What was remarkable, despite all the confusion of last winter, was how relatively easy that consistency was to find. In part, this was because the people of Ibasho all believed in a common set of facts and figures based on scientific consensus: the virus spread through the air, the masks and ventilation worked, be out. the outside was better than not. With these shared assumptions, a surprising number of situations – a grocery run, an outdoor barbecue, a day at the office – could be summed up with relatively few parameters. In the spring, roommates were still counting their risk points (for personal responsibility and because the level of freedom fluctuates with the local case rate). But Catherine Olsson, the de facto project manager, told me that the column had helped her internalize what was safe. She knew, for the most part, what her hopes and needs were for each week, and what kind of points it would cost. The risk of a pandemic had become passive.
It was before the whiplash this summer, before vaccines seemed to mean the pandemic was over, until it wasn’t. Math is more confusing now, a little harder to guess. The delta and increasing case rates make each activity more “expensive” because the transmission is higher. But being around other vaccinated people also offers a reduction, as these people are less likely to have an active infection (and, potentially, to transmit the virus, although the latest data on this is more hazy). And as the Microcovid team explains in their July update, getting the vaccine also means a bigger overall budget, as the risks of death and hospitalization are so much lower. The question is how much more should our budgets be?
Establishing a baseline budget has always been tricky. This is important, because all activity calculations revolve around it, but it is also the least anchored in statistics. “It’s really a question of feelings,” Olsson told me at the time, as personal as it is scientific. For Ibasho, an initial budget of 10,000 microcovids per week was established by discussing what they thought about their personal risks and the risks to loved ones, as well as a sense of overall responsibility – which they could not. not live wildly as they were also contributing to the transmission of the virus beyond their pod. The variants and vaccines did not change these factors, although the balance between them did.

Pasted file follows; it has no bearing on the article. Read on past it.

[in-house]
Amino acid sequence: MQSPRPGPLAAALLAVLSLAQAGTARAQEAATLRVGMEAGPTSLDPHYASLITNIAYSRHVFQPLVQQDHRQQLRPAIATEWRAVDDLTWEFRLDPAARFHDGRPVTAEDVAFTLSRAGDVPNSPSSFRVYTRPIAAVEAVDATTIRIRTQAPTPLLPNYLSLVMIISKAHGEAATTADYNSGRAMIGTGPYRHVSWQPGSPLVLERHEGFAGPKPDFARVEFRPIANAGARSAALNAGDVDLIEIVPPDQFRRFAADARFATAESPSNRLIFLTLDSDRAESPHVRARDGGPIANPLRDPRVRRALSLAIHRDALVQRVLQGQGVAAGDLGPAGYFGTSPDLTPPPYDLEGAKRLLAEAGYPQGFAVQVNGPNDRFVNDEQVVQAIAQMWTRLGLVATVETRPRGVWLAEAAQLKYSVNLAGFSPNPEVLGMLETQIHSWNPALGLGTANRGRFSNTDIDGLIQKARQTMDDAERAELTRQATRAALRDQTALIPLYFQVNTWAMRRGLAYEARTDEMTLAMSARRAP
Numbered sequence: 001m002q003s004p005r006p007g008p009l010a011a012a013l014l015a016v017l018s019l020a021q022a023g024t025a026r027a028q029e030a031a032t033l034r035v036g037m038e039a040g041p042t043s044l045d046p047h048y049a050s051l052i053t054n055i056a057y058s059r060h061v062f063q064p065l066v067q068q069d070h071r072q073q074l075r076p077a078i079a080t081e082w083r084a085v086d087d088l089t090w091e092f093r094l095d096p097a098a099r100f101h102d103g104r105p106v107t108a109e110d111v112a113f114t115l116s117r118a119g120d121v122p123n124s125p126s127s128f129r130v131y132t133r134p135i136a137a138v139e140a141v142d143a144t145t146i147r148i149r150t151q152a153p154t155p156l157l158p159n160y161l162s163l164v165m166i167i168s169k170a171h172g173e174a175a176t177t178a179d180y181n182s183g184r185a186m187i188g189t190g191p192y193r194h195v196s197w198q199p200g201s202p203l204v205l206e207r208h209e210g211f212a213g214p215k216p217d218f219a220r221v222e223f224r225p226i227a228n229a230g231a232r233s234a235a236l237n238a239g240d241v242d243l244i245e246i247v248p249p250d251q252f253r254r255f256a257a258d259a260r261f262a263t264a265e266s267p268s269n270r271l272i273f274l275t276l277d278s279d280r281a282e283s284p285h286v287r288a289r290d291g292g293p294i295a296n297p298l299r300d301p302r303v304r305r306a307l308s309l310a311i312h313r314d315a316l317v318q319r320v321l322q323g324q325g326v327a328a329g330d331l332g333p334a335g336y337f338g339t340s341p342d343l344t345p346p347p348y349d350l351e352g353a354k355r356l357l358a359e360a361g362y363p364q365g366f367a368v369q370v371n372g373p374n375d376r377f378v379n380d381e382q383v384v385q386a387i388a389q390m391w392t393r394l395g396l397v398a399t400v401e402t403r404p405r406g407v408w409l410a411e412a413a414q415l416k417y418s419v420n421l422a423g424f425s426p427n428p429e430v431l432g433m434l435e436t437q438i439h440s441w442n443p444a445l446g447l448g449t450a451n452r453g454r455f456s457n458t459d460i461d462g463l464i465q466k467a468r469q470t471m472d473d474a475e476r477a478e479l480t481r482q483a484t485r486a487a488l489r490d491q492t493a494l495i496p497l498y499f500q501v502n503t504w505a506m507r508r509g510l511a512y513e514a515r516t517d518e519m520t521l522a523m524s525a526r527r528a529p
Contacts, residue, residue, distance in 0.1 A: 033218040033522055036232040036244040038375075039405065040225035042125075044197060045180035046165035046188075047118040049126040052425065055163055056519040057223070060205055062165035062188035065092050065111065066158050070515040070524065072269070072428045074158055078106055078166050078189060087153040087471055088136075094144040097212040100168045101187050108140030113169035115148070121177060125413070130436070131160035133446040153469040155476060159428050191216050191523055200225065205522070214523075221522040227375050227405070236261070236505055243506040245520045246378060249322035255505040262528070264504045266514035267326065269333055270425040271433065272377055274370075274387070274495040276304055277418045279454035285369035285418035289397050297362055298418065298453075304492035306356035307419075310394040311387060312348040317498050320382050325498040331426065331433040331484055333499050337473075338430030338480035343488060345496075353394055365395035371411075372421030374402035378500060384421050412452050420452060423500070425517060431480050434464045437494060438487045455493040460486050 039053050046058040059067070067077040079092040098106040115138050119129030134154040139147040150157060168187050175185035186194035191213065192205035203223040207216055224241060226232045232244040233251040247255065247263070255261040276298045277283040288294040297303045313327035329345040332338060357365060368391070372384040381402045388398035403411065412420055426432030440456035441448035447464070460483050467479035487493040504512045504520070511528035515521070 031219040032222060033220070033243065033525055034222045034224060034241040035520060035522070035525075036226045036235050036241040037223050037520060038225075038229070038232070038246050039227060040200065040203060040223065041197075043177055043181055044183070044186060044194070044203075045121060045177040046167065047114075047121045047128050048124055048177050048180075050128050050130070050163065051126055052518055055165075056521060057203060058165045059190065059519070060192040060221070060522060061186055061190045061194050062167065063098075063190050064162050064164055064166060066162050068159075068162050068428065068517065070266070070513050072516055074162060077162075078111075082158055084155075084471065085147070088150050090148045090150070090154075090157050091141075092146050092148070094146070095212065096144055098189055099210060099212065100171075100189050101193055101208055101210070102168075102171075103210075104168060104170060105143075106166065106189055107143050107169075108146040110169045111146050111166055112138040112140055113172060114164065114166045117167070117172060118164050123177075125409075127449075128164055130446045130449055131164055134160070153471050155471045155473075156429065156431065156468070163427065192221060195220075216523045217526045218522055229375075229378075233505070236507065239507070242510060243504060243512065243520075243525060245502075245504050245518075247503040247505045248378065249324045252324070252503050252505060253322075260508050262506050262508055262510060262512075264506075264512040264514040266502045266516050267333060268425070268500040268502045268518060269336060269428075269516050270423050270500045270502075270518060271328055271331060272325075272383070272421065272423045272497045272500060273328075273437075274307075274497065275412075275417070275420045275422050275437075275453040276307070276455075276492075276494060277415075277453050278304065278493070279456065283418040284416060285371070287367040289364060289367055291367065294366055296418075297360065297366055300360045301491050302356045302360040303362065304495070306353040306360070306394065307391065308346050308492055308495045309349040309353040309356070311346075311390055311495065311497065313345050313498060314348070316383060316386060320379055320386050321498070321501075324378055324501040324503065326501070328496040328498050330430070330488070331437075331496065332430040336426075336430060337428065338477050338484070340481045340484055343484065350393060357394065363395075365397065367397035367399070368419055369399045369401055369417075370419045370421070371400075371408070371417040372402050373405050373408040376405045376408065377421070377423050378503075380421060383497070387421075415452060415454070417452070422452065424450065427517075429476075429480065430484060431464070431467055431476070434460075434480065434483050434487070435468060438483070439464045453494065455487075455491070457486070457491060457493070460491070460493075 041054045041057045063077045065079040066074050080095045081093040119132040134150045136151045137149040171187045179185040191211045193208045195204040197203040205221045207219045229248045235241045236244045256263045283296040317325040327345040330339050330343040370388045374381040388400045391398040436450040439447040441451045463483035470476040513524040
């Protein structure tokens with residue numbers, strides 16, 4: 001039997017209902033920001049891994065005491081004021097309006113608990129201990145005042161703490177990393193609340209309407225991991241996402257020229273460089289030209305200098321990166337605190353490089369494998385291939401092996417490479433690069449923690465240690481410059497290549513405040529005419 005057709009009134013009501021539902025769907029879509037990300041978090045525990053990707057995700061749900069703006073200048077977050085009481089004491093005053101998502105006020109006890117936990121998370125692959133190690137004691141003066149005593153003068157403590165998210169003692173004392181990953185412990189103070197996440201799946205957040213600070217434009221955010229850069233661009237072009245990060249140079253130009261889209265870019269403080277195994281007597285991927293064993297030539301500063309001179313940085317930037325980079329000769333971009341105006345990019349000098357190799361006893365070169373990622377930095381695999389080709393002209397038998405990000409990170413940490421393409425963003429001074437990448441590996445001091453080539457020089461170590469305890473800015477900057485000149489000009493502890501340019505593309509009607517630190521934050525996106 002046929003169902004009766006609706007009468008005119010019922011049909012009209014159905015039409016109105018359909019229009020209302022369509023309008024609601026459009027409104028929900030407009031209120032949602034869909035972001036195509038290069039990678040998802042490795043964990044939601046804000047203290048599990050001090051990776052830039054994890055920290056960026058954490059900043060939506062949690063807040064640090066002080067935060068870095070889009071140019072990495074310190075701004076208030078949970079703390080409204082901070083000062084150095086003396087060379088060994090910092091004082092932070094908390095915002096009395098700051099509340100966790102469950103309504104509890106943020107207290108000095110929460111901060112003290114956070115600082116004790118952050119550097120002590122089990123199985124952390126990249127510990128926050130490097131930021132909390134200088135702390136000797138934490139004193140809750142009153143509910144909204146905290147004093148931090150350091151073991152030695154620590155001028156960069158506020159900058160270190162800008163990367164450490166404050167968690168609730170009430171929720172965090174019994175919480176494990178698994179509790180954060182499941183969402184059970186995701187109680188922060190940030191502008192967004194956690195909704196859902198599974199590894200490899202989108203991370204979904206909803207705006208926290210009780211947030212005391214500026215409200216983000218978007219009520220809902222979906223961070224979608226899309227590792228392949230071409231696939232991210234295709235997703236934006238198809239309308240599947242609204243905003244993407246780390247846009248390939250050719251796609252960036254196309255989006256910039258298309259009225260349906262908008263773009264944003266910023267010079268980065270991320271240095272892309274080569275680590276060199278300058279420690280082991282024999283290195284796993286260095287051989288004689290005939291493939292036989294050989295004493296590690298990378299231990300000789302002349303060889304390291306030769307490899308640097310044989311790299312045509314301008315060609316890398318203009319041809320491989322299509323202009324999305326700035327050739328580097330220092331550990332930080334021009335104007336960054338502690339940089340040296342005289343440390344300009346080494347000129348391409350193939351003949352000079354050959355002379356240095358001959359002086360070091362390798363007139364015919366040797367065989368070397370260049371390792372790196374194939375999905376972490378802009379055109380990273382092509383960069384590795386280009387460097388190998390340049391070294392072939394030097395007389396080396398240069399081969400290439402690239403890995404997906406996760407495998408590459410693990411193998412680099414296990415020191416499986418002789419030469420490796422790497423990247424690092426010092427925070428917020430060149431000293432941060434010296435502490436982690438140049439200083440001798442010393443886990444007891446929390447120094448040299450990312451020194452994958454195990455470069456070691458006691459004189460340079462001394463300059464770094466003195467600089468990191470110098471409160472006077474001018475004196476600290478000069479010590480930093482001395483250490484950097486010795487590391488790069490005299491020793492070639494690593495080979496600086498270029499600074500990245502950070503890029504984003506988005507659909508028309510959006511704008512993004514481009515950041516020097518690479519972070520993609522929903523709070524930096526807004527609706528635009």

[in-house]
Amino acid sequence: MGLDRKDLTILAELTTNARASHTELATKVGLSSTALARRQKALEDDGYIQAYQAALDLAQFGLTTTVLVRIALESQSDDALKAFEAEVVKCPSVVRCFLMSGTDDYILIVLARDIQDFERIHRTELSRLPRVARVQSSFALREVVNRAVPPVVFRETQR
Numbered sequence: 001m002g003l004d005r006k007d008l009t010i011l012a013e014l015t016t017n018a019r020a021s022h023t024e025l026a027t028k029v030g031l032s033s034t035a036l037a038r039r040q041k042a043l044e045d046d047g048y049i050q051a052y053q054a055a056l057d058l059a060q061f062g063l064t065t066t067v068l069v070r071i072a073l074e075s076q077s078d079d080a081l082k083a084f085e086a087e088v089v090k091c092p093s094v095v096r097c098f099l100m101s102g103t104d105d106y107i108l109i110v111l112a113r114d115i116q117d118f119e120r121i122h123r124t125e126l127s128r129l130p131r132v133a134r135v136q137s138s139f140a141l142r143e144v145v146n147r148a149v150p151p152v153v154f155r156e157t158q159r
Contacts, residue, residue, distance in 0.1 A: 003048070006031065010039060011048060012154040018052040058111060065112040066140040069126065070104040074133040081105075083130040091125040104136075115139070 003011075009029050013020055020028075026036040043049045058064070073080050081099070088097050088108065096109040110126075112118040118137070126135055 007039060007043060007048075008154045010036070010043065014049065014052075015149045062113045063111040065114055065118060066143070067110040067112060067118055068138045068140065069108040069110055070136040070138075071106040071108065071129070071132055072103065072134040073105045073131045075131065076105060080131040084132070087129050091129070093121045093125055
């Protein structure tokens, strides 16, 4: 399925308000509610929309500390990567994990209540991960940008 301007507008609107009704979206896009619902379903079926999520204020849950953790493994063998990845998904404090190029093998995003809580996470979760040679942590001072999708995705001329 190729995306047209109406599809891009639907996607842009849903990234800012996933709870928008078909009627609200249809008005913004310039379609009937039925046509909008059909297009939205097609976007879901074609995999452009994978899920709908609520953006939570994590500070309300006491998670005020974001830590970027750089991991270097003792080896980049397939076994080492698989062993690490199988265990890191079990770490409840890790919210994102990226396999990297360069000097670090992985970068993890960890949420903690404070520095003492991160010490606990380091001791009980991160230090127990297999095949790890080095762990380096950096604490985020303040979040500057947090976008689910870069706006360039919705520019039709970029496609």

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I had no idea how I felt about my budget at all. I had not used Microcovid personally apart from my reporting. As a relatively cloistered young adult with a partner and no children, it just wasn’t urgent to get my risky affairs in order. But this week, feeling rushed by the sudden return to restrictions, I decided to do some math on the Microcovid site. I entered into my activities of the previous weeks: unmasked races, dinners at home, the dance floor. (The last one, as I ticked off the number of participants not left behind, ended up snapping a blood red code: “DANGEROUS RISK.”) So, would I do it all again next weekend? At current case rates, certainly not. Then I started to make adjustments: add masks (anyway required now inside San Francisco), remind myself that an indoor party could probably still take place outside, delete clubbing and reminding myself that eliminating a few big risks might help me feel better by taking smaller ones.
There is a sad sum in these calculations: this life, in August 2021, does not consist in living in the moment, but in the sum total of our experiences. It’s about reframing the risks of a global pandemic into a series of crossroads, not forgetting them like satellites buzzing above their heads. It’s hard to take more than 500 days after the initial shelter-in-place order from San Francisco – to type the pleasures of life into a calculator and calculate the damage, and recognize that its possibilities are limited. But it was like a healthy practice, spread it all out. And maybe she would hasten a return to a freer life. I had kept my budget tight as cases in California are climbing fast, but I also knew that as a person vaccinated I would loosen it up a bit when this surge wears off, as it eventually does. We will live with long-term viral risk, and with precautions against it. For me, this life will see a drop once the number of cases counts as well.
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